May Adopts Energy Policy Her Predecessor Called “Nuts”

When Labour proposed to freeze energy rates, the Conservatives thought it was crazy. Now they argue for the same.

British prime minister Theresa May delivers a news conference together with Carwyn Jones, the first minister of Wales, in Swansea, March 20
British prime minister Theresa May delivers a news conference together with Carwyn Jones, the first minister of Wales, in Swansea, March 20 (The Prime Minister’s Office/Jay Allen)

British prime minister Theresa May has adopted a policy her Conservative predecessor, David Cameron, once described as “nuts”.

When the opposition Labour Party proposed to freeze electricity rates in 2013, Cameron, then the Conservative Party leader, ridiculed it.

Now May has taken it over.

She pledged on Tuesday to cap electricity costs for households if she is reelected in June, writing in The Sun tabloid newspaper: “Like millions of working families, I am fed up with rip-off energy prices.”

Electioneering

This is electioneering. British consumers aren’t being ripped off. Far from it.

Electricity bills may have doubled over the past decade, but prices in Britain remain below the EU average. The Germans and Irish pay more.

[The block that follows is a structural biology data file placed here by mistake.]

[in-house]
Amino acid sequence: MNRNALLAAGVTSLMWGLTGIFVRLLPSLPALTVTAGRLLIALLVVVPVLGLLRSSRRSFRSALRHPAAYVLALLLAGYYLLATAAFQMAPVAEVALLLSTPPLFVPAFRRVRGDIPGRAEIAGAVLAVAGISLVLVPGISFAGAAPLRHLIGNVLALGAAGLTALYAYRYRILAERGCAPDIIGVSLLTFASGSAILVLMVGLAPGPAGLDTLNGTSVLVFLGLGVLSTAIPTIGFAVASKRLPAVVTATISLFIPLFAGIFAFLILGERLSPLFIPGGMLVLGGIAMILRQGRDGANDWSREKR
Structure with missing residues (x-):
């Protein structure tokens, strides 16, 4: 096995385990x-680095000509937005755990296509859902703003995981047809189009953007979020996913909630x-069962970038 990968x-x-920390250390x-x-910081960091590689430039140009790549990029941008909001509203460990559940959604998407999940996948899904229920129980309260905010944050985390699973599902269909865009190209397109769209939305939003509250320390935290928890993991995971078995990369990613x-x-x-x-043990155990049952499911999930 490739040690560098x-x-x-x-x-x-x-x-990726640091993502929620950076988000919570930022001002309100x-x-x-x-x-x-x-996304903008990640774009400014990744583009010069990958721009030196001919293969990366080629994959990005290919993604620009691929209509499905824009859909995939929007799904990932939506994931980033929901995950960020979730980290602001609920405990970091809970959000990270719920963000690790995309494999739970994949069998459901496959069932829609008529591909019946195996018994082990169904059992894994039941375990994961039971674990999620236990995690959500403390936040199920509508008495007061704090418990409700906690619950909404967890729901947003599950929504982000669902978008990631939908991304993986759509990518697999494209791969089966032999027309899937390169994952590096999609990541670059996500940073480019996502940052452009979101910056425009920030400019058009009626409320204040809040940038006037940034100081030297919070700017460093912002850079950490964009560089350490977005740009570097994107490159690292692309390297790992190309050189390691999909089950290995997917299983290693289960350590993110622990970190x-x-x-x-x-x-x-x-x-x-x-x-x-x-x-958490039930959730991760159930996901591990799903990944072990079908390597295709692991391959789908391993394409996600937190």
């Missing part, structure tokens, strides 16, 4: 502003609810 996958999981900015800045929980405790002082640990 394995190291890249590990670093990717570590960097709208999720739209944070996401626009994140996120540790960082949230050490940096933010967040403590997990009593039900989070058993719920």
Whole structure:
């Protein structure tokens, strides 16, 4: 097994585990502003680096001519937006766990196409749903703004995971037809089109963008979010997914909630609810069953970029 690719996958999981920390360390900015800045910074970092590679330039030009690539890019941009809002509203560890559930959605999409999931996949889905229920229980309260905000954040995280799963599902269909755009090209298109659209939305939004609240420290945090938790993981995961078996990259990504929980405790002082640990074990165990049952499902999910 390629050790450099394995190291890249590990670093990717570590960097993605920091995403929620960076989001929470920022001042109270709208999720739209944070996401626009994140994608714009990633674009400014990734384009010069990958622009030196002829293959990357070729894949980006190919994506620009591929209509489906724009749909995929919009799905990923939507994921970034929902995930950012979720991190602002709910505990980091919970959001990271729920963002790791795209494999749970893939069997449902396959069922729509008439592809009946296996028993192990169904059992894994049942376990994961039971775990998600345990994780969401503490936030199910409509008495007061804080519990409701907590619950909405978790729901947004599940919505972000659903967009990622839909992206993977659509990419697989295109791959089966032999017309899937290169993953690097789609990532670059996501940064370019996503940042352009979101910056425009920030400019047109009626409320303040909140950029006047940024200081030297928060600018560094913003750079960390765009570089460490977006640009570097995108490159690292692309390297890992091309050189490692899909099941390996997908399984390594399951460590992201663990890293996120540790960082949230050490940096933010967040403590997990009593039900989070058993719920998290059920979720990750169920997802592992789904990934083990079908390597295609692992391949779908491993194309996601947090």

Gas is also cheaper in the United Kingdom than in most other European countries.

Energy was privatized under Margaret Thatcher in 1990. There are now six big providers, but their market share has fallen from 99 percent five years ago to 85 percent. Millions of consumers switch every year. If there is a market failure, it is hiding well.

Too much regulation

The problem is rather too much regulation. The Adam Smith Institute’s Sam Dumitriu points out that misguided attempts by regulators to “simplify” energy prices have created a gap between standard and discount rates that can reach up to £200.

The obvious solution is to rein in the regulator and allow energy companies to offer whatever rates they want. That was the situation until a few years ago and consumers paid less.

It is also what the Competitions and Markets Authority has recommended.

But May’s solution is try to fix one problem caused by market intervention with another market intervention; a typical statist fallacy.

It used to be only Labour made this mistake. Now both of Britain’s two major political parties have lost faith in the market.